meat cake and salted fish in clay pot
meat things!

While looking at the extensive menu, one item popped out at me: "meat cake". Yes. Cake of meat. Oh, but the fun didn't stop there; the dish also included salted fish. And rice. In a pot. I figured meat cake would be like fish cake, but not made of fish, and salted fish...I've actually never had it before. JJ warned me that it could be offensive to uninitiated taste buds, but dammit, I'M SEMI-ADVENTUROUS, assuming that the food in question isn't alive or of insect origins. My pallid cakey meat and salty fish came in this cute little clay pot, topped with what I think is shredded ginger.

meat things

The meat—it glistens. Just thought you'd like to know.

mixed close up

JJ suggested that I mix the meat and rice together to lessen the intensity of the fish taste and evenly distribute all the meaty juices. MOST AWESOME IDEA EVER? Yes. This is a completely useless description, but this dish was ...pretty delicious. I'd want to eat it again. Why? I don't know. Apparently I like ground up meat caked together in a funky uniform patty and salty fermented fish when smashed into little pieces and evenly distributed in rice.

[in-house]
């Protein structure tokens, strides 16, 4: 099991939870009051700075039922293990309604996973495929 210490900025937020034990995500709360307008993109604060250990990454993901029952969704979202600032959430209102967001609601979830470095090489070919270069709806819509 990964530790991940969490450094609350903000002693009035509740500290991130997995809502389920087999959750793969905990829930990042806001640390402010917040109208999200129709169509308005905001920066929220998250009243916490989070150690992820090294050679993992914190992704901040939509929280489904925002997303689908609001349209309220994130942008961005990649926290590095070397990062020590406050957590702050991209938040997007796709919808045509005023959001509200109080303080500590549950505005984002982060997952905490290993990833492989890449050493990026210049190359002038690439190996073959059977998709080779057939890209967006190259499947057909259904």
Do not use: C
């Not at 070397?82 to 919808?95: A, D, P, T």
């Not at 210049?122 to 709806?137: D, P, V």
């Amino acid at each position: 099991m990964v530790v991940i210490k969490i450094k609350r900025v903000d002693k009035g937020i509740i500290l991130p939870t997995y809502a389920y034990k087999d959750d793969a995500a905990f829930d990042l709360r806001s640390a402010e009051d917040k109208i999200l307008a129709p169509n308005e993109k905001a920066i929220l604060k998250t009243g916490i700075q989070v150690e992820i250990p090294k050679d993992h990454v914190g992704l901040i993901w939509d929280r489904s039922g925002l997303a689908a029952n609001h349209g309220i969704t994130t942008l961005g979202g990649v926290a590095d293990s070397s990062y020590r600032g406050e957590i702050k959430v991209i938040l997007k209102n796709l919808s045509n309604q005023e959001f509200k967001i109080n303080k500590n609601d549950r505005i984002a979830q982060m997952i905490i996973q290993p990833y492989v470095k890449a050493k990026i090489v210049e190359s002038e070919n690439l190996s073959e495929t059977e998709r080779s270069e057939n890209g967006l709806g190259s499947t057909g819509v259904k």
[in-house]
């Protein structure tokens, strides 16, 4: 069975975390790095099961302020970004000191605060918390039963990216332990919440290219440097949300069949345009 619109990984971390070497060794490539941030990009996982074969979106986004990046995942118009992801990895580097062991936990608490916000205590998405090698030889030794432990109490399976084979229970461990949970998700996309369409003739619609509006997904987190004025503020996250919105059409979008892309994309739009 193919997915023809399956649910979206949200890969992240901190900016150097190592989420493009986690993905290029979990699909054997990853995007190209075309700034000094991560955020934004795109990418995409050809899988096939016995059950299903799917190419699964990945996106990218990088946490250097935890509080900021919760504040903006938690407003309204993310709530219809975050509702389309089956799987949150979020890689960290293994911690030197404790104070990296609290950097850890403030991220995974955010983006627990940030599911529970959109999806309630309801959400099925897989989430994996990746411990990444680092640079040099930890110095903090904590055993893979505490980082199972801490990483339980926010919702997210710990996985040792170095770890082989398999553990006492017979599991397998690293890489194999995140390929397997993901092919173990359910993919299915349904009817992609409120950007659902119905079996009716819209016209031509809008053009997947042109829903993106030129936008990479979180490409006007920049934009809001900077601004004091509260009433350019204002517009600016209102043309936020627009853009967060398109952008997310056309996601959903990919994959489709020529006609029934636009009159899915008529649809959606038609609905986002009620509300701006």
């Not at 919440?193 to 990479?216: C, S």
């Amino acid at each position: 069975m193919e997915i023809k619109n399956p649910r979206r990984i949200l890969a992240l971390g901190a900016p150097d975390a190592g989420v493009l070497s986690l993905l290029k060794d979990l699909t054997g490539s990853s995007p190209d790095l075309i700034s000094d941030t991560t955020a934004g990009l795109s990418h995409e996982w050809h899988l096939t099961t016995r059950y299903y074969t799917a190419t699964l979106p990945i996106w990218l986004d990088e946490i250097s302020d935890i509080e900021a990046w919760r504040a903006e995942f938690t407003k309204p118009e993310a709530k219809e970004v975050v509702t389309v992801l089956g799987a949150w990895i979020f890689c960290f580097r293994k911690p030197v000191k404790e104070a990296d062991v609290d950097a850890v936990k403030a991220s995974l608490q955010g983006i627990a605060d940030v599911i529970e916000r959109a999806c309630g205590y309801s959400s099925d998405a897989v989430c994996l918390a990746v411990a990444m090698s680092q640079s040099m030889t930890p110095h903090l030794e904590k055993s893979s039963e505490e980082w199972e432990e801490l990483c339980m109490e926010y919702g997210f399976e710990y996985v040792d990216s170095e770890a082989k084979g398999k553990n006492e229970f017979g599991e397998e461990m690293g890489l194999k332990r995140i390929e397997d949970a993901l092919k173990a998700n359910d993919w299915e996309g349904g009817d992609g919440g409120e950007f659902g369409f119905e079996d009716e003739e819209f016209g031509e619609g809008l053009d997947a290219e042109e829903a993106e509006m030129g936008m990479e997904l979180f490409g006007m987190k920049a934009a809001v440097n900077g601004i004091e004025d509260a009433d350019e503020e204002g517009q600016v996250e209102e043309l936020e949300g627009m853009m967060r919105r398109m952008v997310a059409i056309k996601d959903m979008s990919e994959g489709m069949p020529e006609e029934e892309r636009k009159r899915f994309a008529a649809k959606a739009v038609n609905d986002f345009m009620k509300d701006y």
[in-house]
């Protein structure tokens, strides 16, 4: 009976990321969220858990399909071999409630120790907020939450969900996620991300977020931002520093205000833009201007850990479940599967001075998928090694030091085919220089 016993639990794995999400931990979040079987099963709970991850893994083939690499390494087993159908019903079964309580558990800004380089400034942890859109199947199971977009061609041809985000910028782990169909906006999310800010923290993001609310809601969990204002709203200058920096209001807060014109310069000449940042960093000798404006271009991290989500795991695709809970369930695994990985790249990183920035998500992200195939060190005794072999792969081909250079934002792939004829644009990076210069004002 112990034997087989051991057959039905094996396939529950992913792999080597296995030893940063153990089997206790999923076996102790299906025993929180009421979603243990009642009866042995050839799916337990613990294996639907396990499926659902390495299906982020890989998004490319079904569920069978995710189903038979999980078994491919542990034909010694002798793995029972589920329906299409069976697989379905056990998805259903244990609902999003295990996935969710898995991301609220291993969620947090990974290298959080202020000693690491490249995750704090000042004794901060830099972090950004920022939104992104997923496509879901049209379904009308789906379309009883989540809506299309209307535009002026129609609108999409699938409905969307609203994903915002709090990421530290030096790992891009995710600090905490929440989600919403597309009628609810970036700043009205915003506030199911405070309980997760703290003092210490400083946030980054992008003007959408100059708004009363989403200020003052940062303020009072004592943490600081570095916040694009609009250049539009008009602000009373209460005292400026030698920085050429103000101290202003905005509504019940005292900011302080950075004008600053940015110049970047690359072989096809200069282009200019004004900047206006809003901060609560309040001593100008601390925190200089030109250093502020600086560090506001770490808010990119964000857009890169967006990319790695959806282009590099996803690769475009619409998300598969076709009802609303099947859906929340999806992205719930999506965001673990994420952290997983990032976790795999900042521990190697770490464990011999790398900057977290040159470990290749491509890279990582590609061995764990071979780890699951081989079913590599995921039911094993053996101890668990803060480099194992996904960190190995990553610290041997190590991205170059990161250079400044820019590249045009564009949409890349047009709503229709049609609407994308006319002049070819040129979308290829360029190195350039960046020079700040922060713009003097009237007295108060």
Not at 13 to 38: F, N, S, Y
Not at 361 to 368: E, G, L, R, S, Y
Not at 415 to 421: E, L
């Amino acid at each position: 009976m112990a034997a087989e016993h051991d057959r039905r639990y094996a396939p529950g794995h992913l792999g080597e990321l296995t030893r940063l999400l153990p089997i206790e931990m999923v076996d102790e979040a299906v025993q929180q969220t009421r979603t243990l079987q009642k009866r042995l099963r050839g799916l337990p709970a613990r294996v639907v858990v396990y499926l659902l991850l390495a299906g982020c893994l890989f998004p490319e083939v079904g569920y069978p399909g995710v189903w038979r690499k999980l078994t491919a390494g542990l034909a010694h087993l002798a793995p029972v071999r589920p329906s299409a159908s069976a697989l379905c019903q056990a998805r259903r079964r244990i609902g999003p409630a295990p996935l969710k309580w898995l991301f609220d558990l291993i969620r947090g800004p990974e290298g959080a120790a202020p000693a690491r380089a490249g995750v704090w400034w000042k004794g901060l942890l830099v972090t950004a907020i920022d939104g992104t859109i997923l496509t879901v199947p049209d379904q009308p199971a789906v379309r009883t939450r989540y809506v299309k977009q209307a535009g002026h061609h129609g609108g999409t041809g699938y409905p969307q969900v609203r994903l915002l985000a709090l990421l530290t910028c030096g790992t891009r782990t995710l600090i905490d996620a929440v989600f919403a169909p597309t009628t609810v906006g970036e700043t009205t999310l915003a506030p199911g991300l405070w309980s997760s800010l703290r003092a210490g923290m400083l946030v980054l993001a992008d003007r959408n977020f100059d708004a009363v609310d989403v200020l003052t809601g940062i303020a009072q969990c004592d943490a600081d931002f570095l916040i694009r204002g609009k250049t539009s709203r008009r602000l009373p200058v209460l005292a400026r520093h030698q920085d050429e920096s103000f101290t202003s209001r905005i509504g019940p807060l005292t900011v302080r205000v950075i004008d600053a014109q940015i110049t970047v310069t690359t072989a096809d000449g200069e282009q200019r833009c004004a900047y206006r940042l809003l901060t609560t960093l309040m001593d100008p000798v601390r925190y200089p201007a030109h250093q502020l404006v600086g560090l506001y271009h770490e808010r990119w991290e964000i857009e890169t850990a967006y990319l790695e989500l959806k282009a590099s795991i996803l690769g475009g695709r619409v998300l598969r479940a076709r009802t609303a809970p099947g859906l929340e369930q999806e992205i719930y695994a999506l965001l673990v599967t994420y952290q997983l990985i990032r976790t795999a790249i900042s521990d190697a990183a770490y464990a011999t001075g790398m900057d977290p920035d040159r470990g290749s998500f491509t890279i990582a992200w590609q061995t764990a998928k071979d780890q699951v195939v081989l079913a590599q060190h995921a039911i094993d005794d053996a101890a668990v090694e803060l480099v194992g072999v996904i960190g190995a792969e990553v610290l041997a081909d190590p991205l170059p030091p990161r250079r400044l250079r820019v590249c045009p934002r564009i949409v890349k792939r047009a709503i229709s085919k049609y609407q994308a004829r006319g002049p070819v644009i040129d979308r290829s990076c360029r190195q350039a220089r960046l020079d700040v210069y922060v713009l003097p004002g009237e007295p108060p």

crunchy rice bits
crunchy rice bits

One of the best things about rice in a clay pot is the presence of crunchy rice bits created from the wrath of the hot burnin' pot interior. Mm, mm! I wouldn't want to eat a whole bowl of crunchy rice bits, but they provide a nice textural contrast to the non-crunchy rice bits.

i ate it
all gone

You're not surprised that I ate the whole thing, right? Right. The pot wasn't actually that large (really!), so it wasn't hard to polish off.

Oh, my dish was $4.95. Sweet. Egg Custard King Cafe is only about a 10 to 15 minute walk from my dorm, so I imagine it'd be a good, uber-cheap place for fellow NYU students to go to if they're not afraid to try something new. Even better if they like meat cake and salted fish, HAR HAR. The menu is pretty big, so I would think that anyone can find something they like.